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Hundreds thought they got into City Honors. But they didn't.

A congratulatory letter sent this week to several hundred families gave the impression their children had been admitted to one of Buffalo's top-performing schools.

“Congratulations!” the Buffalo Public Schools letter begins. “Your child qualified for admissions to Frederick Law Olmsted No. 156 and City Honors School No. 195 ... for September 2020.”

But when the jubilant parents reached out to the district to secure one of the coveted spots, they quickly became disheartened when told there wasn’t one for them.

The letter was meant to inform parents their child qualified for possible admission to the two schools through a lottery.

The blunder, in what is already a highly emotional issue for families, forced the district to apologize and send a new letter on Friday to clarify.

“We certainly do sincerely apologize for any misunderstanding,” said Tonja Williams, the district’s associate superintendent of student support services. “We have since revised the letter and updated it. It will be going out to families along with an explanation.”

In the initial letter, the district sought a congratulatory tone to convey to parents that their child was still in the running for admission, Williams explained, but now understands its error.

“In hindsight, we do realize that the letter was confusing,” Williams said.

The confusion comes at an already anxious time for parents awaiting word on whether their child was accepted into City Honors, arguably the best public school in the region.

It’s also a time of underlying tension over the district’s admissions process as the district struggles to address the disproportionately low number of black and Hispanic students admitted to the school on East North Street.

The district uses three measures in determining entrance: grade point average, attendance and an admissions test, which are compiled into a cumulative score of 20 possible points for each student. Spots are awarded by how students rank with their scores.

A total of 2,130 students took the admissions test in the fall, Williams said.

City Honors has 159 slots available for next year, which includes seats for 90 fifth graders. Olmsted, one of the other top city schools, has 138 available seats, mostly for ninth graders.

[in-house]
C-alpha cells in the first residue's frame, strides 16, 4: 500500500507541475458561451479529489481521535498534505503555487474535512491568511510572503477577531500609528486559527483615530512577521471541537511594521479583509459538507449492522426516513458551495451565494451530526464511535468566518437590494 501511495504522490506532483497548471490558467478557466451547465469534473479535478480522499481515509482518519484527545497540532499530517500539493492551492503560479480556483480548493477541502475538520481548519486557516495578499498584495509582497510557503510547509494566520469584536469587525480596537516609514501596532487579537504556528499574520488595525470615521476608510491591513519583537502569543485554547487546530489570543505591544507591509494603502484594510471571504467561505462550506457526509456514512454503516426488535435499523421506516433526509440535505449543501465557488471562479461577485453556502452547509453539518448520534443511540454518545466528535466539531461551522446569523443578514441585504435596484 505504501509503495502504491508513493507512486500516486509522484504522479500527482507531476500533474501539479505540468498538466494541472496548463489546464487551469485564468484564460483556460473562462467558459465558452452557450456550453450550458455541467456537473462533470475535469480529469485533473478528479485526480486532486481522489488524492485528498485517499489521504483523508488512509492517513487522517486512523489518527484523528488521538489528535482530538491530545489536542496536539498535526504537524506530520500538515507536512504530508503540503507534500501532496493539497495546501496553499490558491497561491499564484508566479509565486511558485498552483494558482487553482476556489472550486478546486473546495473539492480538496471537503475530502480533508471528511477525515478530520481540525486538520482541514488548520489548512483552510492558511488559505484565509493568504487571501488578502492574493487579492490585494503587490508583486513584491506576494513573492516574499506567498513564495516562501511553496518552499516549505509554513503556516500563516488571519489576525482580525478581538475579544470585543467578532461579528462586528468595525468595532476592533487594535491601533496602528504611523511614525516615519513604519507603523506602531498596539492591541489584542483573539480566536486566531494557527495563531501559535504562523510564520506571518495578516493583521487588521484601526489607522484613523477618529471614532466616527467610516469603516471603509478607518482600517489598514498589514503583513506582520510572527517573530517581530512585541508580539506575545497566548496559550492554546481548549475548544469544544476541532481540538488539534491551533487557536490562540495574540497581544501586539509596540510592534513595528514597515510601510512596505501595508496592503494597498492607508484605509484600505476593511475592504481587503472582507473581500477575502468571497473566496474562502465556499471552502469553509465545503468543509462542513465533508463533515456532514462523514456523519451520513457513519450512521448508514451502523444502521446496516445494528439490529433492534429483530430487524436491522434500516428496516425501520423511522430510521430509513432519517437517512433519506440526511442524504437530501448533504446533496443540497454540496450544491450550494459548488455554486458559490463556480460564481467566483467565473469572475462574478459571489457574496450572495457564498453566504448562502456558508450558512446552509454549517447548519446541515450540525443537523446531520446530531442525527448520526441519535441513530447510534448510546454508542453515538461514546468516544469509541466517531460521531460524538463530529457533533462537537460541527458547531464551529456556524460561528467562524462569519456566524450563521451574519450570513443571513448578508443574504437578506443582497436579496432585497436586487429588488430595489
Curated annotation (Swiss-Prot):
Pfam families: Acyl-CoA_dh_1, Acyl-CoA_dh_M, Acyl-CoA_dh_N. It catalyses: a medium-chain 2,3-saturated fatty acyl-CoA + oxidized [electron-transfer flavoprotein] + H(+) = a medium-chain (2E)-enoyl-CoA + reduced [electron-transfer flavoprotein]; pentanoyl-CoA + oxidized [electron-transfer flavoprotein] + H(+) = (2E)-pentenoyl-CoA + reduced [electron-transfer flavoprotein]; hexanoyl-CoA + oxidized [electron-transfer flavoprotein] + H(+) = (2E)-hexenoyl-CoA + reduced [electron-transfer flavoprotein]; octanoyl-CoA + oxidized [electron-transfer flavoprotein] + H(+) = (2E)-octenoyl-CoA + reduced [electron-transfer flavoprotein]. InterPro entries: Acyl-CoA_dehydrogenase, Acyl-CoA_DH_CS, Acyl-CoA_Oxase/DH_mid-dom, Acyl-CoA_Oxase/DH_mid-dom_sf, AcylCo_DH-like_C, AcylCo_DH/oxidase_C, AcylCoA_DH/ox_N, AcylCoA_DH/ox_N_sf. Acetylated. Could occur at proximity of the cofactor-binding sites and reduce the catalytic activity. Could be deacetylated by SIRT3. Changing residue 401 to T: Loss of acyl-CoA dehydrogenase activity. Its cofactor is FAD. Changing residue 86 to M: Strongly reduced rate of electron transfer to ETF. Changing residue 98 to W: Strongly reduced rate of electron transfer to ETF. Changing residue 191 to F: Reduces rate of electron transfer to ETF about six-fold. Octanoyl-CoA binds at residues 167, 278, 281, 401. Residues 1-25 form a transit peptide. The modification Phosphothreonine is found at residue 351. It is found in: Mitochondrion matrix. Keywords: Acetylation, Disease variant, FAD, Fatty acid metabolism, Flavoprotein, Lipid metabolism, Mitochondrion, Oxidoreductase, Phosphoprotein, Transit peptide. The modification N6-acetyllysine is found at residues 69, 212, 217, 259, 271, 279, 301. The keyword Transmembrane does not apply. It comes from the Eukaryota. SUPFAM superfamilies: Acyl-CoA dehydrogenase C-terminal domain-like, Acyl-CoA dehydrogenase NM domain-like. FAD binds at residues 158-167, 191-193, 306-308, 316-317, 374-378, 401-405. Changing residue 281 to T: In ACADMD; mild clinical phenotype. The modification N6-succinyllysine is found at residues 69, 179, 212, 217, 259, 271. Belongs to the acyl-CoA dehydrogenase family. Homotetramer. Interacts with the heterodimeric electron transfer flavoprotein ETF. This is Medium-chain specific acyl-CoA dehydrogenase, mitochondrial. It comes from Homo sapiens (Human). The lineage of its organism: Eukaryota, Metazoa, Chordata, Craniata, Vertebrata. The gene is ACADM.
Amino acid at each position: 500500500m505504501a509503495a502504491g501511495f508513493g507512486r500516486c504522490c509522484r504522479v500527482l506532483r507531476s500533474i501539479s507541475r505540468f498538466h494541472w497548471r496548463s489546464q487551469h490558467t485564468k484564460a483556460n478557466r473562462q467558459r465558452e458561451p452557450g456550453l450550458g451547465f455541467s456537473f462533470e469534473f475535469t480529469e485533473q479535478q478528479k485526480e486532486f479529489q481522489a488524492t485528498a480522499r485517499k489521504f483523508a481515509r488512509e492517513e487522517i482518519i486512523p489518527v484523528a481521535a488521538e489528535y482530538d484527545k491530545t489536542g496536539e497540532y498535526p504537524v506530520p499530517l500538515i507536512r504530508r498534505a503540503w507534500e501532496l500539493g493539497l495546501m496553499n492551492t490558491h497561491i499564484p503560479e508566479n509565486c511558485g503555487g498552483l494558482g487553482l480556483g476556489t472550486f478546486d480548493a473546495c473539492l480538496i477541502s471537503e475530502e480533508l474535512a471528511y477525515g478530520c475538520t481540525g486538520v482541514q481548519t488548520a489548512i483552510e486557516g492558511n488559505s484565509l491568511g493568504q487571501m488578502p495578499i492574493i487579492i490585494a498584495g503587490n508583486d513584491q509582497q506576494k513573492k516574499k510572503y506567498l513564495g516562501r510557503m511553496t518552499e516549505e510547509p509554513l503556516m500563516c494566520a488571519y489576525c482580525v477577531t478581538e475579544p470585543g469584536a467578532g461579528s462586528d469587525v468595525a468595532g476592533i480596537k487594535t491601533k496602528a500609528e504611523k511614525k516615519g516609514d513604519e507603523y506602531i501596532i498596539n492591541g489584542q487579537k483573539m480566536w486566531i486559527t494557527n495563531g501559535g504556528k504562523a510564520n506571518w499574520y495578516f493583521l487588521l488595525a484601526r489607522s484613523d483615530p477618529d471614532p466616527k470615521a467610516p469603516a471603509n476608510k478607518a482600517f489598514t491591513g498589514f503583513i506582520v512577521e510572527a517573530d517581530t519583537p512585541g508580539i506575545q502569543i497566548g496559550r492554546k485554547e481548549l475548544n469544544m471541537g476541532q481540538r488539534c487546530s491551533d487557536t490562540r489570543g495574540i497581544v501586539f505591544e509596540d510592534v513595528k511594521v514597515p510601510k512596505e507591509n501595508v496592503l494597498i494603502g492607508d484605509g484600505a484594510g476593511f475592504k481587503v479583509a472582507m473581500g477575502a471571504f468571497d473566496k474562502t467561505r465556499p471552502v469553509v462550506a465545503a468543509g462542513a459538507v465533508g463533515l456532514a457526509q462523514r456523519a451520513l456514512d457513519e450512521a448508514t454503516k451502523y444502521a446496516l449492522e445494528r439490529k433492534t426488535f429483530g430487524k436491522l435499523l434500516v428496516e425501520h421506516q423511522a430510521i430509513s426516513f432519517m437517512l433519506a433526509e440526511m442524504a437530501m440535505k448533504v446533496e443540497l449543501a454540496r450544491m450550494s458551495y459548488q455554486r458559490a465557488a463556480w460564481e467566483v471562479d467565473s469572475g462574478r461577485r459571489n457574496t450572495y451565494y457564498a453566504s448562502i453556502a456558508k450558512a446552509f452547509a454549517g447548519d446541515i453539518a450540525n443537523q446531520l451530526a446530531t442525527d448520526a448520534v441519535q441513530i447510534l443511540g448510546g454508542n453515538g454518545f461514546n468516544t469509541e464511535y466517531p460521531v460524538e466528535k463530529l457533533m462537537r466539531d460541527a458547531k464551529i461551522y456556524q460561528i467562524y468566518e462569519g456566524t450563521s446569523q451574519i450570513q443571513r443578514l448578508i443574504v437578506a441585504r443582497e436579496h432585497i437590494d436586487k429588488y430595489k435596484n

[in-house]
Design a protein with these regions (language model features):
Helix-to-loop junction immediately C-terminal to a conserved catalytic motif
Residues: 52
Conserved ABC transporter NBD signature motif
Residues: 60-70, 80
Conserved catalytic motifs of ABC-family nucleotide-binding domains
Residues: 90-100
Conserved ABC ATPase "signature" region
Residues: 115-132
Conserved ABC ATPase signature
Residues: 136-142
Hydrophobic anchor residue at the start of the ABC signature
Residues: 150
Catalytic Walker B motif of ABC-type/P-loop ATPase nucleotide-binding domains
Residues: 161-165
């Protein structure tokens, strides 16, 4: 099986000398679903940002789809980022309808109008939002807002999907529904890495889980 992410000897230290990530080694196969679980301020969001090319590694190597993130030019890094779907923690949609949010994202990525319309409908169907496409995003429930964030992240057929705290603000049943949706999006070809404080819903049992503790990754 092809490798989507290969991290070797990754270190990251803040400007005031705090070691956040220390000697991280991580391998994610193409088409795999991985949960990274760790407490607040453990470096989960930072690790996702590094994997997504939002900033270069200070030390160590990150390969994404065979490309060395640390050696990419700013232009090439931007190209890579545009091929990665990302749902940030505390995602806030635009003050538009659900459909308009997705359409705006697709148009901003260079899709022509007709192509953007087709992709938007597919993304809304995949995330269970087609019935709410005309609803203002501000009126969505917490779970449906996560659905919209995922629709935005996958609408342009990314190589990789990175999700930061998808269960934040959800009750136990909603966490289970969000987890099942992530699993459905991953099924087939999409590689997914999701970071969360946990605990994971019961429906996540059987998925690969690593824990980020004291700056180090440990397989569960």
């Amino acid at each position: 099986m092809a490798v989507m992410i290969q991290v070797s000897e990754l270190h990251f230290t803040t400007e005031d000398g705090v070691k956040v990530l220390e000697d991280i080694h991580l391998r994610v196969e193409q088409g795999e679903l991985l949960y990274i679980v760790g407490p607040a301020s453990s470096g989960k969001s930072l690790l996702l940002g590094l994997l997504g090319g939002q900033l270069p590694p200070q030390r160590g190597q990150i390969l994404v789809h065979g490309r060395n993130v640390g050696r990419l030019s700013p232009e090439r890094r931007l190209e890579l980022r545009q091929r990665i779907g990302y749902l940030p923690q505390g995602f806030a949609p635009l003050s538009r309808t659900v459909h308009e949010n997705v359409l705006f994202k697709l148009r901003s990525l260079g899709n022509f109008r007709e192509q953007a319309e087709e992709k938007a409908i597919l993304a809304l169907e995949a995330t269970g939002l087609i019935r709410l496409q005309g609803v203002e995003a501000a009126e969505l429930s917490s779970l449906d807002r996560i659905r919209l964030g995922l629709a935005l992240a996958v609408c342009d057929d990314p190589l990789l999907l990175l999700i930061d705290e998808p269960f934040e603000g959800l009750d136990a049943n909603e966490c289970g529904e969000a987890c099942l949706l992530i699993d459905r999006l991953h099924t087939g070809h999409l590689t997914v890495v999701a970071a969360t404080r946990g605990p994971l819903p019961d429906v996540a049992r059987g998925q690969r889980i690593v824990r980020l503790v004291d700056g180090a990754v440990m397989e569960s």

The fallout began on Monday.

Several types of letters were sent. Students with the highest scores received a letter informing them they got into either of the two schools. Others received a rejection letter.

And then there was the letter – sent by Kelli Daniels, the district’s director of student placement and registration – to the 537 families whose children qualified for the lottery, used to fill the remaining seats at the two schools. There are not enough seats in the schools to accommodate all the children of the 537 families. Those students will be entered into the district's computerized lottery.

The letter sent to each of them, after the introductory congratulations, showed the student’s composite score and asked parents whether they preferred a seat at City Honors, Olmsted or either.

“In order for us to identify a school assignment and proceed to the next step in the placement process, you must indicate one preference listed on page 2 of the letter and return to Central Registration Center by February 28, 2020,” the letter reads.

The letter never mentioned their child would be part of the lottery.

So when parents realized their children had not actually secured a spot at either school, they were angry and dejected, said Park District Board Member Lou Petrucci.

Petrucci, who fielded some of those calls from parents, described families who held celebratory dinners, posted proudly on Facebook and decorated their letter from the district – only to learn later their children hadn’t actually been admitted.

“It was a debacle,” Petrucci said. "For some of these families it's their second or third try – put yourself in their shoes."

Petrucci said incidents like this continue to erode the district’s credibility with parents.

“I know the district is working to correct it, but it wasn’t well thought out or executed,” he said.

Larry Scott, an at-large board member,  also received calls from parents. Scott has complained before about operations at the Central Registration Center, located on Ash Street.

It’s often the first point of contact parents have with the school system, Scott said, so it’s imperative they walk away with not only a good experience, but receive better communication from the district.

“That was one of the things we wanted to change this year,” Scott said, “and, instead, we’re seeing another failed attempt to clearly communicate.”

“I’m extremely disappointed,” Scott said. “It’s very clear to me we need to start considering some drastic structural changes to address how we are doing business at central registration and, first and foremost, how we communicate with our parents.”

The new letter sent Friday does not offer any “congratulations” and more clearly spells out that the student is eligible for the lottery to be admitted to City Honors or Olmsted.

“As seats become available for children with your child’s composite score ... he or she will be entered into a computerized lottery process,” the letter reads. “If your child is selected you will be contacted to accept the seat assignment.”

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